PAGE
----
I have memories as a young Australian- Greek girl living in a small village of being mesmerized by the busy activity of the kitchen as my mother and grandmother were working on making phyllo.
The technique of rolling phyllo into sheets is rhythmic and smooth. It consists of a roll then a flick of the phyllo dough as it is gradually made into larger round and thin pieces.
The flour would consequently lift into the air and form a haze in the kitchen. The dough was made into fine round sheets and placed on the kitchen table and kitchen bench top then covered with a cloth to prevent the sheets from drying out.
Greek pastry either savoury or sweet ( like spanakopita or kolokithopita), would be assembled and baked. The smell escaping the kitchen was delicious. Of course those days I didn’t pay too much attention as I loved the outdoors and freedom that came with growing up in a small village.
In Australia we tend to buy phyllo from the supermarket and I myself have bought store bought. Even my children notice the difference and once you try the home made variety there is no turning back.
- 2 cups all purpose flour
- 1/2 tspn salt
- 2/3 cup warm water
- 1/8 olive oil
- 1tbspn white wine vinegar
- Makes apx 6 sheets
Simply add flour to a mixing bowl and form a small well in the centre of the bowl. Add the rest of the ingredients, combine them well with a fork and knead. To knead use the palms of your hand to gently press the dough ball down and slightly away from you then turn over. Press down and away with your palm and turn over again. Repeat for 5 to 10 minutes. Wrap in Glad wrap and place in the fridge for 45 minutes allowed to rest.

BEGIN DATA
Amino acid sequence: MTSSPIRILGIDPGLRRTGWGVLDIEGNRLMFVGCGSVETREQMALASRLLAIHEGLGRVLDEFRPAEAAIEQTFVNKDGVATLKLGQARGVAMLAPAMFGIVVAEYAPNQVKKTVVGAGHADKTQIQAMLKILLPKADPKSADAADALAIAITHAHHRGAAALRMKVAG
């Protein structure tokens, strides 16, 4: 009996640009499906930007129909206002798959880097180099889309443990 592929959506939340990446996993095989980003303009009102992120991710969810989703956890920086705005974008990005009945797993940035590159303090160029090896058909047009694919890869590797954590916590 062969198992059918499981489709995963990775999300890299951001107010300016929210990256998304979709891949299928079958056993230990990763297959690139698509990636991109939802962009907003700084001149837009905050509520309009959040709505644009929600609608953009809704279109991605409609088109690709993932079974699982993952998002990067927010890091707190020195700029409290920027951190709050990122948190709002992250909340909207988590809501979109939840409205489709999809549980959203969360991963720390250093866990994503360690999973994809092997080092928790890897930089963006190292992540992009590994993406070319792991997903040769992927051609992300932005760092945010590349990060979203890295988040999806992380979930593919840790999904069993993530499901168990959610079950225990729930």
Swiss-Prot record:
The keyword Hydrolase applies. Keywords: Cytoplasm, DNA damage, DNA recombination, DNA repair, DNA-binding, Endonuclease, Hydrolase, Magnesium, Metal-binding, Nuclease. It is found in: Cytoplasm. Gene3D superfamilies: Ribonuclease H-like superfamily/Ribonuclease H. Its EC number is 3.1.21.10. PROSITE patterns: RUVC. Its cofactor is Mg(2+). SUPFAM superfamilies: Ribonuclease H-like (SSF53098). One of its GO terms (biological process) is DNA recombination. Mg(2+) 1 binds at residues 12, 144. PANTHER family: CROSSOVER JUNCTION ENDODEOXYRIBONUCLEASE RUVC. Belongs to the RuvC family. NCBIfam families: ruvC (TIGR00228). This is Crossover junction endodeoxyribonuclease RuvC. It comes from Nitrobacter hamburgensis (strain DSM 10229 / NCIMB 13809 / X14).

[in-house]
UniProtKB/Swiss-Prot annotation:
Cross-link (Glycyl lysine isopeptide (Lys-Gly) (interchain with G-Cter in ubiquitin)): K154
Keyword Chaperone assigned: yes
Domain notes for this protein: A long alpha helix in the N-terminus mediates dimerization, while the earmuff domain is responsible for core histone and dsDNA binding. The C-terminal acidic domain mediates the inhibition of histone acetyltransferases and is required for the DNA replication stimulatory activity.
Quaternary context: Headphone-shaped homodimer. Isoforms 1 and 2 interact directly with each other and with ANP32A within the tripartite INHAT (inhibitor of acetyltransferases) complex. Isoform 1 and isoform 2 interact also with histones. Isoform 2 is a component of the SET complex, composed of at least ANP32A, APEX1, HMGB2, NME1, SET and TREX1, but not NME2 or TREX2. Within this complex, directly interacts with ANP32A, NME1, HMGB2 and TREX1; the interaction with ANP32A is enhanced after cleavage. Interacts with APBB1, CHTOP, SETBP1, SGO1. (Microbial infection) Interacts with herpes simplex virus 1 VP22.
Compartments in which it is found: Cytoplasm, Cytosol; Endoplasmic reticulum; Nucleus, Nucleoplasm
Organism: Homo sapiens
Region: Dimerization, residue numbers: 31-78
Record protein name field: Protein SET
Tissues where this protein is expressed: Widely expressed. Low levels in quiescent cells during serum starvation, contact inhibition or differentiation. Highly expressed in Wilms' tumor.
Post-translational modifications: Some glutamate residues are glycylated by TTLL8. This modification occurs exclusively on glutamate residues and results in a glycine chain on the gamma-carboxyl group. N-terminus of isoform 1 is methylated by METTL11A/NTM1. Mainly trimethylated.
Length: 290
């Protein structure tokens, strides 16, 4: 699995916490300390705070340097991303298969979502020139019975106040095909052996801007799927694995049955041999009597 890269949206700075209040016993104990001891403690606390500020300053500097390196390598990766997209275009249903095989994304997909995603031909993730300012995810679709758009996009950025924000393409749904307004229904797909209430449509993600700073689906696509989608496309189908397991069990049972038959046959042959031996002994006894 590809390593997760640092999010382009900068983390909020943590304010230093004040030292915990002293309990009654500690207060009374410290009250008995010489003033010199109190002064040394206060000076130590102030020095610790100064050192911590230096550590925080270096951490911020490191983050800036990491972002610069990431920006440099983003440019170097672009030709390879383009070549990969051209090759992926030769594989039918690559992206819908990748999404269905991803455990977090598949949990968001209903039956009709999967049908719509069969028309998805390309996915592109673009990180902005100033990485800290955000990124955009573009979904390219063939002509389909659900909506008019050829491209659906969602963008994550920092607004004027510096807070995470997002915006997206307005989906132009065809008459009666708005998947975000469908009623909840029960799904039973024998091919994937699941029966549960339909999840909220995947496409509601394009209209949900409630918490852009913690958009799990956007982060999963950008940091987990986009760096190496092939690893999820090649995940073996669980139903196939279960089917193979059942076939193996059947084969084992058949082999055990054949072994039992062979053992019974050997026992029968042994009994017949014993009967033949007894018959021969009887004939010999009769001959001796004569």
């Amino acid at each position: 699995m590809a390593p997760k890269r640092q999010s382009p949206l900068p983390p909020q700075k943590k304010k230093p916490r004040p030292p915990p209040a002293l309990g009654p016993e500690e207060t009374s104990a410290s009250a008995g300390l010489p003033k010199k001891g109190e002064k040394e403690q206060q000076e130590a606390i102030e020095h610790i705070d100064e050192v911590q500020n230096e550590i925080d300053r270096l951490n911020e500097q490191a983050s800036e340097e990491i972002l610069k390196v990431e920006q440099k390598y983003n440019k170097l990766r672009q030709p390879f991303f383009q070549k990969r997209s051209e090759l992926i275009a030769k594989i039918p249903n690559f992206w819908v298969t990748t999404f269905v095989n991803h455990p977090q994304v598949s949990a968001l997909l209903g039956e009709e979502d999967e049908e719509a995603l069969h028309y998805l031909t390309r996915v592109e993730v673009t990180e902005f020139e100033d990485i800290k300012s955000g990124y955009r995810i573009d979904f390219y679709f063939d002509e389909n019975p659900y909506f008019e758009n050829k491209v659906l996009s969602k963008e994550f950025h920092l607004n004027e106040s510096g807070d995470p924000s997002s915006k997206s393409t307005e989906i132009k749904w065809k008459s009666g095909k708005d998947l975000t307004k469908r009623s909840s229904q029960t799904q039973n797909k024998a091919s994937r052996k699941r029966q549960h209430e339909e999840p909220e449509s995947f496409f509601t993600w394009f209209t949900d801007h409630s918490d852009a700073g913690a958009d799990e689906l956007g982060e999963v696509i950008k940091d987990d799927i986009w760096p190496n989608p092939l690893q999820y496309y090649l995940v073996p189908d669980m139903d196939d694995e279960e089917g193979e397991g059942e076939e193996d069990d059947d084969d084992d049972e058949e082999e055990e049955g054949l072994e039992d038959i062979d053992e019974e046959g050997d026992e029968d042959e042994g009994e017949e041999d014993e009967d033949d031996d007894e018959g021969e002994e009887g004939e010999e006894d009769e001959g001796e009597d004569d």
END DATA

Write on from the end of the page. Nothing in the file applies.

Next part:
Manipulating Dough To Sheets
Once you master the technique of making your own filo pastry your food will have more substance, taste extra fresh and delicious. Store-bought filo in contrast is too thin, too dry and lacking in flavour when compared against homemade. Store-bought literally tastes like food wrapped in baking paper it’s worth learning the technique especially when it’s important to have a pleasing result.
The best way to describe how this is done is to include a video of it. Who best to show us the technique is my mother who has fine-tuned the technique and I know she was highly respected for it in her village Initiatly I was going to mute the sound of the video but wanted you to hear the sound the sheet makes as it is manipulated.
As the sheet is manipulated it is gradually stretched out and is slowly thinner. I don’t make my sheets too large as my baking dishes are not as large as the traditional dishes.
The recipe for kolokithopita or Traditional Peloponesse Pumpkin Pie is on the blog.